Kosovo Armed Group Issues Warning

27 December 2007 Pristina: A shadowy armed group in Kosovo, the Albanian National Army, is preparing for potential trouble in the Serb-inhabited north of the region after Kosovo’s expected declaration of independence, Balkan Insight can reveal.

By Krenar Gashi

In an exclusive interview for Balkan Insight, the group’s frontman, identified only as Arberi, said that his group, known by its initials as the ANA, was focusing its efforts on the ethnically-divided city of Mitrovica, and the rest of the northern part of Kosovo dominated by Serbs.

“We are worried that there will be fresh violence from the Serbian armed forces when Kosovo declares independence”, Arberi told Balkan Insight on Wednesday.

He explained that his group of armed men stayed out of the glare of the public in recent months, as they were focusing on mobilisation and logistics, with an emphasis on northern Kosovo.

“We want to make sure that nothing happens to the Albanian population of this area when Kosovo’s parliament declares independence. We will be there to avoid any inter-ethnic clashes”, Arberi went on.

The guerrilla leader in his thirties said that KFOR troops of the NATO-led peacekeeping mission in Kosovo have shown they are not able to deal with violence.

“Look back to 2004 when KFOR soldiers locked themselves into their bases while Albanians and Serbs were killing each other”, he said referring to Kosovo’s worst bout of violence since the war in 1999.

He was sitting in a café with two other ANA members, all without their trademark balaclavas, and dressed in civilians clothes.

“They have not been able to defend their own commander”, he addes, referring to a much more recent incident.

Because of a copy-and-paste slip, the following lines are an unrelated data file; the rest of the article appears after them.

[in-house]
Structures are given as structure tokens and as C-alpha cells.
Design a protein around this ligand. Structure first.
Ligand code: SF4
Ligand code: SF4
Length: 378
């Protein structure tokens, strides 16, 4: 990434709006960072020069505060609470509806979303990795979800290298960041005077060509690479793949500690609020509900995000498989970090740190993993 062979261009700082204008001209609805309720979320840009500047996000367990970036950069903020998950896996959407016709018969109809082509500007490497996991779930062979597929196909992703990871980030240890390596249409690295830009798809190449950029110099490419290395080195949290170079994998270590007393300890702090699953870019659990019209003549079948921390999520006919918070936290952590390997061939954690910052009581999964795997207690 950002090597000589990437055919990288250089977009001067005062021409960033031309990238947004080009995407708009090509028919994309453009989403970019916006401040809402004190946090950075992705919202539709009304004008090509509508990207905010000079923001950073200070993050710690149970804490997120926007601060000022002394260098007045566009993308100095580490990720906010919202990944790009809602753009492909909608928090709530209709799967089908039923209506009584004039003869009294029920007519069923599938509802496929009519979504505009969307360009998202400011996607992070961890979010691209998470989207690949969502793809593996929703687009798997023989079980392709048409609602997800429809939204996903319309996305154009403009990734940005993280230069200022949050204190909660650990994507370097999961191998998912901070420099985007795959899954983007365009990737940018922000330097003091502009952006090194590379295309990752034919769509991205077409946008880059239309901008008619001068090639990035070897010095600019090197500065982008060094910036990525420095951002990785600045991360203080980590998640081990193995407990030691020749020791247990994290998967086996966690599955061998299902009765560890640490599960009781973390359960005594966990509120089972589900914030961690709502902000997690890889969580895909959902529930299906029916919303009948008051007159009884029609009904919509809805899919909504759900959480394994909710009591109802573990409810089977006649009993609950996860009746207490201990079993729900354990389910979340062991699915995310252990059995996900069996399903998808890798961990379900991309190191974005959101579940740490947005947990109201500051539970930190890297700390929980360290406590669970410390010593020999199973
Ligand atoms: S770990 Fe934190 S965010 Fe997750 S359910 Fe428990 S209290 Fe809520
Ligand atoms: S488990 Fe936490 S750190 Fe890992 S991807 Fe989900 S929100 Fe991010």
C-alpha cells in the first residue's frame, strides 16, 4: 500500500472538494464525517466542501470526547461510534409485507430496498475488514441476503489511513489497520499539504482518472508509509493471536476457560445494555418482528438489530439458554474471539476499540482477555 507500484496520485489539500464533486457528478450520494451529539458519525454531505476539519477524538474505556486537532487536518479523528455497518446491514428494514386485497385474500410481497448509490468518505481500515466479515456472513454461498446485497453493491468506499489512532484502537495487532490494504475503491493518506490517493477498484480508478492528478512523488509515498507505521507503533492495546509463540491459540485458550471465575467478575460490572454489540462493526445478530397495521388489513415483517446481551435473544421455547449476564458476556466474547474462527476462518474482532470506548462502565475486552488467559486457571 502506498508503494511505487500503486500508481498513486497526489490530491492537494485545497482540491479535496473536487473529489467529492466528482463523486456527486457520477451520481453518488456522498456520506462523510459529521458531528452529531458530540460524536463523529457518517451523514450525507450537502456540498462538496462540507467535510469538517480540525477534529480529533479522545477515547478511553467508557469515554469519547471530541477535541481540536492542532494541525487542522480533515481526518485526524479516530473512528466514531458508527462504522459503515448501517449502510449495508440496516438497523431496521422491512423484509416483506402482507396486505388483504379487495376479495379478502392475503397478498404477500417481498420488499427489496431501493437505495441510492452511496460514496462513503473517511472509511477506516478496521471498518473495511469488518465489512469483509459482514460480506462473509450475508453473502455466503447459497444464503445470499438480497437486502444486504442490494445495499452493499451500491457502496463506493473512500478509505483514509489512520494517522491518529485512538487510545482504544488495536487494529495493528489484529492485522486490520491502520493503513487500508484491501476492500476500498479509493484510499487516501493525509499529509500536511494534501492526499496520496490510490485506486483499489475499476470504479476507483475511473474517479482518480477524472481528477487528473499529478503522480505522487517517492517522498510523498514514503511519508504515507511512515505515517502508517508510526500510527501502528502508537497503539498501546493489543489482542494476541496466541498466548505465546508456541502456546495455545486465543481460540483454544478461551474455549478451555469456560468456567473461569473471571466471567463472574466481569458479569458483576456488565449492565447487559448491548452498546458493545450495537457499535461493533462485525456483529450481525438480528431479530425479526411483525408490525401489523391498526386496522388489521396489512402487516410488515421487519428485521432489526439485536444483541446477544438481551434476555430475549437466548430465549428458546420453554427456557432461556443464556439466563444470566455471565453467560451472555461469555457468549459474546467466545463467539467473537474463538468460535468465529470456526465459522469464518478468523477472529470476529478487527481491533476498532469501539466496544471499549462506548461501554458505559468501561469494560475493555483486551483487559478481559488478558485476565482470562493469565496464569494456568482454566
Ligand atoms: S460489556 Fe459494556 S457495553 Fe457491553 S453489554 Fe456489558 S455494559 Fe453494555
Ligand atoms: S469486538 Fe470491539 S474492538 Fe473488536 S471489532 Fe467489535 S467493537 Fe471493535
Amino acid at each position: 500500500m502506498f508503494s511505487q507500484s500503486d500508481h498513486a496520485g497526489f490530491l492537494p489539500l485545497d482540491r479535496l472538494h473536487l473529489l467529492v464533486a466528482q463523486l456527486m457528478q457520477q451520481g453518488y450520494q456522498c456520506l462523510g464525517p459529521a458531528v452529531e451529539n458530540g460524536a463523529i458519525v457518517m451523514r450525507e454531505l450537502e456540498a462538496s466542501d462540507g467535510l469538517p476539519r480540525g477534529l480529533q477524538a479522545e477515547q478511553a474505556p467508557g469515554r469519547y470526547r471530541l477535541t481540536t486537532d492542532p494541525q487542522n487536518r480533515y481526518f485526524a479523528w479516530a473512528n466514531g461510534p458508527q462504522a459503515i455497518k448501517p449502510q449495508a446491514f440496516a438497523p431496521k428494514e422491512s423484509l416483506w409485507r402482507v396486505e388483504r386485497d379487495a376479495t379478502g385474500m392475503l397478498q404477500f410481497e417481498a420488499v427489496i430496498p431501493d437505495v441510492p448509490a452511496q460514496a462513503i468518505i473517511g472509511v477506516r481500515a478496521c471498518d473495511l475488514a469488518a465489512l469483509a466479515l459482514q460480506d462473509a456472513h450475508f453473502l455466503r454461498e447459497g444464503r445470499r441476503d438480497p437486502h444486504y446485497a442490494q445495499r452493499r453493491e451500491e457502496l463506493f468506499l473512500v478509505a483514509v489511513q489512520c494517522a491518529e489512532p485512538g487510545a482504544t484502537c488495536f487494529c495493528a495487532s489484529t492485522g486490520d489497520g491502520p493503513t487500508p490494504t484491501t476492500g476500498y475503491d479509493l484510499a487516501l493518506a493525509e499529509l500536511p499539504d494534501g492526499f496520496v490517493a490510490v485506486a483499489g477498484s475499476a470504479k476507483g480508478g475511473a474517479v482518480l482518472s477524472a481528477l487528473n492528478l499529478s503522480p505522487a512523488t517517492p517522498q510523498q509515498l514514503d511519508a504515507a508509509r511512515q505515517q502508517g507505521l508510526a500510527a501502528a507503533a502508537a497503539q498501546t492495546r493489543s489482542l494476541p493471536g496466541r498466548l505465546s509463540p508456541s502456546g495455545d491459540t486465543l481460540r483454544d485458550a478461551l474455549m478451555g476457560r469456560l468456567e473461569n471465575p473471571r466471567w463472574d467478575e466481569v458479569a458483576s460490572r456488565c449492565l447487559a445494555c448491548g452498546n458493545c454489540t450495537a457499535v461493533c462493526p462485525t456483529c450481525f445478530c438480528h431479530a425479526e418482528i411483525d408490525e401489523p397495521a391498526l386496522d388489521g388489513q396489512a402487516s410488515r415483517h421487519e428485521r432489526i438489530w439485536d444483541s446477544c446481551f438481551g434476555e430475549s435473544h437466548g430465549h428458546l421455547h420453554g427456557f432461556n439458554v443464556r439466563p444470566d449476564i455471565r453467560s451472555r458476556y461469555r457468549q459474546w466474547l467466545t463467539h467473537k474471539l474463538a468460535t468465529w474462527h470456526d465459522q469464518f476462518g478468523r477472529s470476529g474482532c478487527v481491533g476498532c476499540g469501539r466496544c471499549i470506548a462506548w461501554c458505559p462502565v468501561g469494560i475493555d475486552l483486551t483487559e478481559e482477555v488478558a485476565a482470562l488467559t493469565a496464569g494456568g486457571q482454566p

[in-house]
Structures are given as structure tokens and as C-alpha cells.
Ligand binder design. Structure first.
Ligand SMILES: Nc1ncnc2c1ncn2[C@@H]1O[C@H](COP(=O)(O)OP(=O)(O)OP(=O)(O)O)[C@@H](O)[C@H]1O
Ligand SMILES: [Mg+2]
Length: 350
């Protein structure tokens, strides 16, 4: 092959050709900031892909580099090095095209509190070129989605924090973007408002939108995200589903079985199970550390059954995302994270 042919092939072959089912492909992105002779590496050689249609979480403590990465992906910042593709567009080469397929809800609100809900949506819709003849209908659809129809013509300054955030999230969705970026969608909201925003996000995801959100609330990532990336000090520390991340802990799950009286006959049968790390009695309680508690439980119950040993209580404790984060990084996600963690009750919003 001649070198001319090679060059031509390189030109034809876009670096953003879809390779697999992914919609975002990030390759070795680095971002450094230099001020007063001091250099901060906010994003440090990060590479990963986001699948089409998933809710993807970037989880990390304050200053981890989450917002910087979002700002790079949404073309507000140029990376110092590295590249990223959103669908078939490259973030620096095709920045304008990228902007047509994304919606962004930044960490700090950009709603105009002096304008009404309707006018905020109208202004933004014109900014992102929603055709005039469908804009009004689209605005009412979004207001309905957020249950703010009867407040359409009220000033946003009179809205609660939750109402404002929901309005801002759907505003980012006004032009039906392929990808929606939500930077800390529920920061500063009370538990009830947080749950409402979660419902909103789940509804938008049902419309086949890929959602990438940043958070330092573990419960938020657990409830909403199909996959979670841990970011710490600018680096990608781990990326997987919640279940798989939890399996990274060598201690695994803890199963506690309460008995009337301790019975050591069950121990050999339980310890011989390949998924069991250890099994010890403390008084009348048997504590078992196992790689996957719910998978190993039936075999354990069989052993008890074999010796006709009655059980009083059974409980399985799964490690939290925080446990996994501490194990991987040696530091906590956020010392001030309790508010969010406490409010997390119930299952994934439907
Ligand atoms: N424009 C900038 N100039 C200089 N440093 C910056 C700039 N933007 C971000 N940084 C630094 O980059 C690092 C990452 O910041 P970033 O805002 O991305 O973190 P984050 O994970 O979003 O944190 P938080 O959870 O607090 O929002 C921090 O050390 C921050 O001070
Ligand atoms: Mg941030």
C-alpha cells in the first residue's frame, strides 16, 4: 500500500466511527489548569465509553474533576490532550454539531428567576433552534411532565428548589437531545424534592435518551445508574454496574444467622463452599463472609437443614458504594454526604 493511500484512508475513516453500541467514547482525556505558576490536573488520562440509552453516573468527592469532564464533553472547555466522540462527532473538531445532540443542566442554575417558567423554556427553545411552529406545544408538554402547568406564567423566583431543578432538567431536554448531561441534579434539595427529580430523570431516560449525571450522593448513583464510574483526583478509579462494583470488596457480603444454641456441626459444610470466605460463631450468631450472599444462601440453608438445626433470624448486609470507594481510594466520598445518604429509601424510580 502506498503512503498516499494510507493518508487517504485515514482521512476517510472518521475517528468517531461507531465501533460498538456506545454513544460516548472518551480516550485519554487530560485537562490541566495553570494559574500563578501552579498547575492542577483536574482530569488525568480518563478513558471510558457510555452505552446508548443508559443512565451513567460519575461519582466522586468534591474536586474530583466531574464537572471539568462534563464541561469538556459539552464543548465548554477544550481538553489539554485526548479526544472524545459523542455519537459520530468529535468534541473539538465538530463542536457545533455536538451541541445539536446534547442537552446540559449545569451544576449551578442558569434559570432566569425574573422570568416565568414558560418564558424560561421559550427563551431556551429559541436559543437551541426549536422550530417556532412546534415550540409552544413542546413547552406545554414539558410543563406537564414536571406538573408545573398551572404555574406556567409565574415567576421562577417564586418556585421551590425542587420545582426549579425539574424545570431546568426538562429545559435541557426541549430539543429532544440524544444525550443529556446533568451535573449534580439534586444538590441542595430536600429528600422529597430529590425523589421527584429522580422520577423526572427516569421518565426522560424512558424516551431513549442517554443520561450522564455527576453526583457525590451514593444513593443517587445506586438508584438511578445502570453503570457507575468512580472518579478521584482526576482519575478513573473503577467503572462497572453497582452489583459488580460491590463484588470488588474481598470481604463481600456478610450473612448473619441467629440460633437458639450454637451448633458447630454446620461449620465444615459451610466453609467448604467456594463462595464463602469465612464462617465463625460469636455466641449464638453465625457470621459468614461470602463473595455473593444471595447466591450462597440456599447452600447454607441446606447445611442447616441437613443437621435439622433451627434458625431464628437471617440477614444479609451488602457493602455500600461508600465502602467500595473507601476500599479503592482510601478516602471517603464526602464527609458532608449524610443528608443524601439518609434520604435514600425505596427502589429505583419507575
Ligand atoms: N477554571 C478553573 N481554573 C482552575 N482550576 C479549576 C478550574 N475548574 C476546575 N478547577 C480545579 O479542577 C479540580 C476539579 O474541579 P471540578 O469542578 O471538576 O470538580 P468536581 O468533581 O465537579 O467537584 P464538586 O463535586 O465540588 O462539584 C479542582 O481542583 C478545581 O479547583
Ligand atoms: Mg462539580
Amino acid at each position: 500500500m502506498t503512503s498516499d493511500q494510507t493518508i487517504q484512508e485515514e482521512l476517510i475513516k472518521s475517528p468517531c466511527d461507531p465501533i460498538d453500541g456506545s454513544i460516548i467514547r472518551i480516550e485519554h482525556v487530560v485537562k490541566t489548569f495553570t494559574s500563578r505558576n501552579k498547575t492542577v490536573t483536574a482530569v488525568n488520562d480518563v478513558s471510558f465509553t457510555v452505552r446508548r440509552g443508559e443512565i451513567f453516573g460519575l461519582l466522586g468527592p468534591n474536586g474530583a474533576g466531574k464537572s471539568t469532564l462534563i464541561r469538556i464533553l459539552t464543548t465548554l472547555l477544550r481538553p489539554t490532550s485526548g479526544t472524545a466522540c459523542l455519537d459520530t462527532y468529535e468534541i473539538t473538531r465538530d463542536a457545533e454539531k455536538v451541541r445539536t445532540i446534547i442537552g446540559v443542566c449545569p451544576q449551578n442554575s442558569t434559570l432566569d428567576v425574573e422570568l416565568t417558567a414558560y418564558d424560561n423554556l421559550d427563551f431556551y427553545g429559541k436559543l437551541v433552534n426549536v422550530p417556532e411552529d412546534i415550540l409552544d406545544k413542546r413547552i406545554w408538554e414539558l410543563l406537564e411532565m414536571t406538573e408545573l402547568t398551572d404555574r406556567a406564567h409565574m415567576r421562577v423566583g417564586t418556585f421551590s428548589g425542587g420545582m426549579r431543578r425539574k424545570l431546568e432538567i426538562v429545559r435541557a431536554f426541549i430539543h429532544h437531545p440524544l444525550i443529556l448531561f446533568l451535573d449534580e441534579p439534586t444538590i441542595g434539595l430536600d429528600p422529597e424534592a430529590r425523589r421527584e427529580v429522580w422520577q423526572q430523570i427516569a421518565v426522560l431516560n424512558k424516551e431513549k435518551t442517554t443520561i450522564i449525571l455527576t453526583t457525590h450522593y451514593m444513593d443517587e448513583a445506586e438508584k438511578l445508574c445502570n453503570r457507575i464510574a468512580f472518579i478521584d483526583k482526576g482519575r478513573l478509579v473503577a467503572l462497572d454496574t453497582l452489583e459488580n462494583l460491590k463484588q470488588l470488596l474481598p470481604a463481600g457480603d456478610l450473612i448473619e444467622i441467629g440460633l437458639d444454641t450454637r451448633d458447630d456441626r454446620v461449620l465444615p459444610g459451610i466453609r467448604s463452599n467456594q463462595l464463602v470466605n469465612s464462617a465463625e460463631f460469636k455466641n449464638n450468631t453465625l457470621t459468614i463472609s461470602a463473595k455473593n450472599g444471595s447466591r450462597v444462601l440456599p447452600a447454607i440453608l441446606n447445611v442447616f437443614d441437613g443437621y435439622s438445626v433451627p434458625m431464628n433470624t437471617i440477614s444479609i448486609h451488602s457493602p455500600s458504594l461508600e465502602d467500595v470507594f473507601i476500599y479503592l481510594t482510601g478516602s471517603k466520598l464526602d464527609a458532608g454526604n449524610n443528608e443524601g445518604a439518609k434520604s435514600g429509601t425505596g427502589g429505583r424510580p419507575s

KFOR commander Xavier Bout de Marnhac and Joachim Ruecker, head of the UN mission in Kosovo, UNMIK, were involved in a fracas when inhabitants of the Serb village of Gorazdevac assaulted their military escort at the beginning of December.

Kosovo has been under UN administration since 1999 when NATO’s bombing forced the Serbian authorities to withdraw their troops from the territory.

KFOR’s peacekeeping mission was installed in order to maintain peace and security, and to support the UN administration, UNMIK.

The ANA, which is also known by its Albanian initials as AKSH, was labelled a terrorist organisation by UNMIK in 2003.

Members of the ANA, have been seen in the territory periodically since the conflict ended in 1999.

They have taken responsibility for several bomb attacks in Kosovo since then.

However, the group shunned publicity for a time while an earlier phase of the internationally-mediated negotiations on Kosovo’s status was underway.

Shocking images of the ANA’s masked gunmen checking vehicles along one of Kosovo’s most frequented highways were broadcast in early October by Kosovo’s public TV station, RTK.

Since the internationally mediated negotiations over Kosovo’s final status ended with no concrete results in early December, the ethnic Albanian-dominated authorities in Kosovo are expected to declare independence in the next few months.

Many fear that such a declaration, which is expected to be recognised by the US and most of EU countries will be followed by a similar act from the Kosovo Serbs who will decide to proclaim the independence of northern Kosovo.

The ANA members say their mission is to protect Kosovo’s territorial integrity.

“If by any chance Kosovo gets de facto partitioned, we will do everything to unify and protect our territories,” said Arberi, who did not wish to disclose the number of his armed men or the weapons they possess.

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